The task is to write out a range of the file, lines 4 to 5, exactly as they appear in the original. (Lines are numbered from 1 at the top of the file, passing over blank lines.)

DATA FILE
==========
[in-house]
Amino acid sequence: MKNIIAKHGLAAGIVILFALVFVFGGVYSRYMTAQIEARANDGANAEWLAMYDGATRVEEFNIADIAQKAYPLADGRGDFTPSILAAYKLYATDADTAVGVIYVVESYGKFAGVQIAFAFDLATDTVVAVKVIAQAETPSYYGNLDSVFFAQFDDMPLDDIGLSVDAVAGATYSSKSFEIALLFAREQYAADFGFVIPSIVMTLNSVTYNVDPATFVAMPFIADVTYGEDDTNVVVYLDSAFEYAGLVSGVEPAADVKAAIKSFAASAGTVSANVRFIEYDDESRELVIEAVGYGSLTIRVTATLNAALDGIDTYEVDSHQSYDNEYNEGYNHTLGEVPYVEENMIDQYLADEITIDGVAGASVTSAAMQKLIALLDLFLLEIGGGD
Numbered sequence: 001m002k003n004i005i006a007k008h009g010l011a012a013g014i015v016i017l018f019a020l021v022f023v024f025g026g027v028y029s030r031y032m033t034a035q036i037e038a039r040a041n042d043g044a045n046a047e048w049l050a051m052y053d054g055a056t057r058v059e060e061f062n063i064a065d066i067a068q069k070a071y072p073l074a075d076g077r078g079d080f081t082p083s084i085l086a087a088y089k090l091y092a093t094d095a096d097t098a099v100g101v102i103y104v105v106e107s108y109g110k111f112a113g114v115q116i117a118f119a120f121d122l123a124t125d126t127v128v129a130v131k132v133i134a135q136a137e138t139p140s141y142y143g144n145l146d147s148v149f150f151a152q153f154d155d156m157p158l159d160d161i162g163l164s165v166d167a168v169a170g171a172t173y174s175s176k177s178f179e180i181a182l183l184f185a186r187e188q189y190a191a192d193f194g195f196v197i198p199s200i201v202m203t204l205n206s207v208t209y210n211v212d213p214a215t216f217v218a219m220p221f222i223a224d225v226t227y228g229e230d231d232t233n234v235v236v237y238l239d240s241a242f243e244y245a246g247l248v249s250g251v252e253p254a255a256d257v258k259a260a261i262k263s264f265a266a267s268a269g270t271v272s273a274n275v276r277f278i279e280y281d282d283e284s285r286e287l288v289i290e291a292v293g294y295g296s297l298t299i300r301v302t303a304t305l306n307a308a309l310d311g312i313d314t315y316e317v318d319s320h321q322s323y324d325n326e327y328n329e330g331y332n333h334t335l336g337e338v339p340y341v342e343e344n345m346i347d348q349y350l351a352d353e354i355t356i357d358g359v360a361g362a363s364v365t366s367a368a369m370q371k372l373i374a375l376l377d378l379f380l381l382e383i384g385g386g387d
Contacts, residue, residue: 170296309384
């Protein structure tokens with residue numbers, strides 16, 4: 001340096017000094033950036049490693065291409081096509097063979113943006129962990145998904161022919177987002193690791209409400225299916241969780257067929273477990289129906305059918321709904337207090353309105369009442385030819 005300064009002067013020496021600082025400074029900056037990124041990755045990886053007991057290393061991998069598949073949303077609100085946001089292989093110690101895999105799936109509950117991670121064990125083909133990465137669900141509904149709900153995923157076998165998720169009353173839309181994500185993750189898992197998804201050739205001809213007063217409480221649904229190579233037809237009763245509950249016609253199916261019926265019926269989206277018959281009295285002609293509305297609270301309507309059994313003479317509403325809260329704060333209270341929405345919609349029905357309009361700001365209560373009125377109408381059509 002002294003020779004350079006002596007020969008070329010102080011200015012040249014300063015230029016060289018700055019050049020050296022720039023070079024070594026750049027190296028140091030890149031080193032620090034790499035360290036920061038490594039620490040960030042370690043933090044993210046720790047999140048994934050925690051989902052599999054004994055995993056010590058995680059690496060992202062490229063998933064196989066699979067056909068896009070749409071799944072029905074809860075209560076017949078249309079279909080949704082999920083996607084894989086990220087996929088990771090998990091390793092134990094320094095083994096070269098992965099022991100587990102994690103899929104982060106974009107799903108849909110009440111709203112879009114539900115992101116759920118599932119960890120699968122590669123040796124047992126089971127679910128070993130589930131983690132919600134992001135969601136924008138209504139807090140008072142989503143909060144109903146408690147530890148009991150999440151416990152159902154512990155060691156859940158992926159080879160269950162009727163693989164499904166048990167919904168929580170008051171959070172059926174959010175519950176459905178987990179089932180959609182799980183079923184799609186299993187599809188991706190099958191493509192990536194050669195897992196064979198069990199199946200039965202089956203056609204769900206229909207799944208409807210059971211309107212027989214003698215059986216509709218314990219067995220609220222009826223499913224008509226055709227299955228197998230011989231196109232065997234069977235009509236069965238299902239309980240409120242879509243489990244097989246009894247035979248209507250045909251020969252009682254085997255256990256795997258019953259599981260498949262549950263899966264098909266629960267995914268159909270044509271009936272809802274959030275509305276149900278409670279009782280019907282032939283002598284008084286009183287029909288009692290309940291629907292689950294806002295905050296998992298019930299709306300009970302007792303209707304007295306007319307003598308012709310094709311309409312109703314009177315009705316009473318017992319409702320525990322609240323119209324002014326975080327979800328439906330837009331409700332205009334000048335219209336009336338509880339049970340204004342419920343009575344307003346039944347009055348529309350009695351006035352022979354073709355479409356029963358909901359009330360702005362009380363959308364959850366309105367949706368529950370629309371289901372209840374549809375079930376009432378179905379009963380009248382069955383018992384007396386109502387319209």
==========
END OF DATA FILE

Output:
Contacts, residue, residue: 170296309384
């Protein structure tokens with residue numbers, strides 16, 4: 001340096017000094033950036049490693065291409081096509097063979113943006129962990145998904161022919177987002193690791209409400225299916241969780257067929273477990289129906305059918321709904337207090353309105369009442385030819 005300064009002067013020496021600082025400074029900056037990124041990755045990886053007991057290393061991998069598949073949303077609100085946001089292989093110690101895999105799936109509950117991670121064990125083909133990465137669900141509904149709900153995923157076998165998720169009353173839309181994500185993750189898992197998804201050739205001809213007063217409480221649904229190579233037809237009763245509950249016609253199916261019926265019926269989206277018959281009295285002609293509305297609270301309507309059994313003479317509403325809260329704060333209270341929405345919609349029905357309009361700001365209560373009125377109408381059509 002002294003020779004350079006002596007020969008070329010102080011200015012040249014300063015230029016060289018700055019050049020050296022720039023070079024070594026750049027190296028140091030890149031080193032620090034790499035360290036920061038490594039620490040960030042370690043933090044993210046720790047999140048994934050925690051989902052599999054004994055995993056010590058995680059690496060992202062490229063998933064196989066699979067056909068896009070749409071799944072029905074809860075209560076017949078249309079279909080949704082999920083996607084894989086990220087996929088990771090998990091390793092134990094320094095083994096070269098992965099022991100587990102994690103899929104982060106974009107799903108849909110009440111709203112879009114539900115992101116759920118599932119960890120699968122590669123040796124047992126089971127679910128070993130589930131983690132919600134992001135969601136924008138209504139807090140008072142989503143909060144109903146408690147530890148009991150999440151416990152159902154512990155060691156859940158992926159080879160269950162009727163693989164499904166048990167919904168929580170008051171959070172059926174959010175519950176459905178987990179089932180959609182799980183079923184799609186299993187599809188991706190099958191493509192990536194050669195897992196064979198069990199199946200039965202089956203056609204769900206229909207799944208409807210059971211309107212027989214003698215059986216509709218314990219067995220609220222009826223499913224008509226055709227299955228197998230011989231196109232065997234069977235009509236069965238299902239309980240409120242879509243489990244097989246009894247035979248209507250045909251020969252009682254085997255256990256795997258019953259599981260498949262549950263899966264098909266629960267995914268159909270044509271009936272809802274959030275509305276149900278409670279009782280019907282032939283002598284008084286009183287029909288009692290309940291629907292689950294806002295905050296998992298019930299709306300009970302007792303209707304007295306007319307003598308012709310094709311309409312109703314009177315009705316009473318017992319409702320525990322609240323119209324002014326975080327979800328439906330837009331409700332205009334000048335219209336009336338509880339049970340204004342419920343009575344307003346039944347009055348529309350009695351006035352022979354073709355479409356029963358909901359009330360702005362009380363959308364959850366309105367949706368529950370629309371289901372209840374549809375079930376009432378179905379009963380009248382069955383018992384007396386109502387319209």